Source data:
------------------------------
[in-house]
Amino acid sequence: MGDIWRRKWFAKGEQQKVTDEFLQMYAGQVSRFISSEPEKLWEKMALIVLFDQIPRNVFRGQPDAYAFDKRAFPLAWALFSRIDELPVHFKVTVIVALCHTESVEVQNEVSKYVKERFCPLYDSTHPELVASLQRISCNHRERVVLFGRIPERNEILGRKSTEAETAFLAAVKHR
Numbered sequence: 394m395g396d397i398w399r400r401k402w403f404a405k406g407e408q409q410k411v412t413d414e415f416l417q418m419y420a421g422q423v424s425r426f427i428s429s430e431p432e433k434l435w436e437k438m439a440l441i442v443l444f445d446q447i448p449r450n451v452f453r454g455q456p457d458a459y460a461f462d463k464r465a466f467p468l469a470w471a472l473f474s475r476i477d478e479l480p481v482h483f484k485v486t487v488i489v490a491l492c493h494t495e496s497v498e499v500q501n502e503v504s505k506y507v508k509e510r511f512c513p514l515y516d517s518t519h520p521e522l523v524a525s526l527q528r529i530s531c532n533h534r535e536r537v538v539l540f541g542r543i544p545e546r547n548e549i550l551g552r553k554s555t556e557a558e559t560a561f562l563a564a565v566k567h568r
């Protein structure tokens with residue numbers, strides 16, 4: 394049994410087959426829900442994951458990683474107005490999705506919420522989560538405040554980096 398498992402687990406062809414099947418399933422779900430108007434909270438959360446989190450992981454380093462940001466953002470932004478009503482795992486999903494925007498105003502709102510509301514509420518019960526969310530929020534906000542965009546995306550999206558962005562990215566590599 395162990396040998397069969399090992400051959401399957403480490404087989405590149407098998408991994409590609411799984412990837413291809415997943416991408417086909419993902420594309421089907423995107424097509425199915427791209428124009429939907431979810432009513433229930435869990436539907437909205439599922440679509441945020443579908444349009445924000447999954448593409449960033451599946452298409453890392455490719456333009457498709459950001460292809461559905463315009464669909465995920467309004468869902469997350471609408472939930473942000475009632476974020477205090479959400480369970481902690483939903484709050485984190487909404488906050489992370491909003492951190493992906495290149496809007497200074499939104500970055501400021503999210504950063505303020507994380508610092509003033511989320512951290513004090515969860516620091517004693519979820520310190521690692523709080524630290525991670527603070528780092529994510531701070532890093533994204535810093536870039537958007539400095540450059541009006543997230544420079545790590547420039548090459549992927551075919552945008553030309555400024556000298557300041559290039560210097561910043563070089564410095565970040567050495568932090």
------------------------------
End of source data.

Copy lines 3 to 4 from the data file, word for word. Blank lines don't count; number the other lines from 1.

Numbered sequence: 394m395g396d397i398w399r400r401k402w403f404a405k406g407e408q409q410k411v412t413d414e415f416l417q418m419y420a421g422q423v424s425r426f427i428s429s430e431p432e433k434l435w436e437k438m439a440l441i442v443l444f445d446q447i448p449r450n451v452f453r454g455q456p457d458a459y460a461f462d463k464r465a466f467p468l469a470w471a472l473f474s475r476i477d478e479l480p481v482h483f484k485v486t487v488i489v490a491l492c493h494t495e496s497v498e499v500q501n502e503v504s505k506y507v508k509e510r511f512c513p514l515y516d517s518t519h520p521e522l523v524a525s526l527q528r529i530s531c532n533h534r535e536r537v538v539l540f541g542r543i544p545e546r547n548e549i550l551g552r553k554s555t556e557a558e559t560a561f562l563a564a565v566k567h568r
């Protein structure tokens with residue numbers, strides 16, 4: 394049994410087959426829900442994951458990683474107005490999705506919420522989560538405040554980096 398498992402687990406062809414099947418399933422779900430108007434909270438959360446989190450992981454380093462940001466953002470932004478009503482795992486999903494925007498105003502709102510509301514509420518019960526969310530929020534906000542965009546995306550999206558962005562990215566590599 395162990396040998397069969399090992400051959401399957403480490404087989405590149407098998408991994409590609411799984412990837413291809415997943416991408417086909419993902420594309421089907423995107424097509425199915427791209428124009429939907431979810432009513433229930435869990436539907437909205439599922440679509441945020443579908444349009445924000447999954448593409449960033451599946452298409453890392455490719456333009457498709459950001460292809461559905463315009464669909465995920467309004468869902469997350471609408472939930473942000475009632476974020477205090479959400480369970481902690483939903484709050485984190487909404488906050489992370491909003492951190493992906495290149496809007497200074499939104500970055501400021503999210504950063505303020507994380508610092509003033511989320512951290513004090515969860516620091517004693519979820520310190521690692523709080524630290525991670527603070528780092529994510531701070532890093533994204535810093536870039537958007539400095540450059541009006543997230544420079545790590547420039548090459549992927551075919552945008553030309555400024556000298557300041559290039560210097561910043563070089564410095565970040567050495568932090």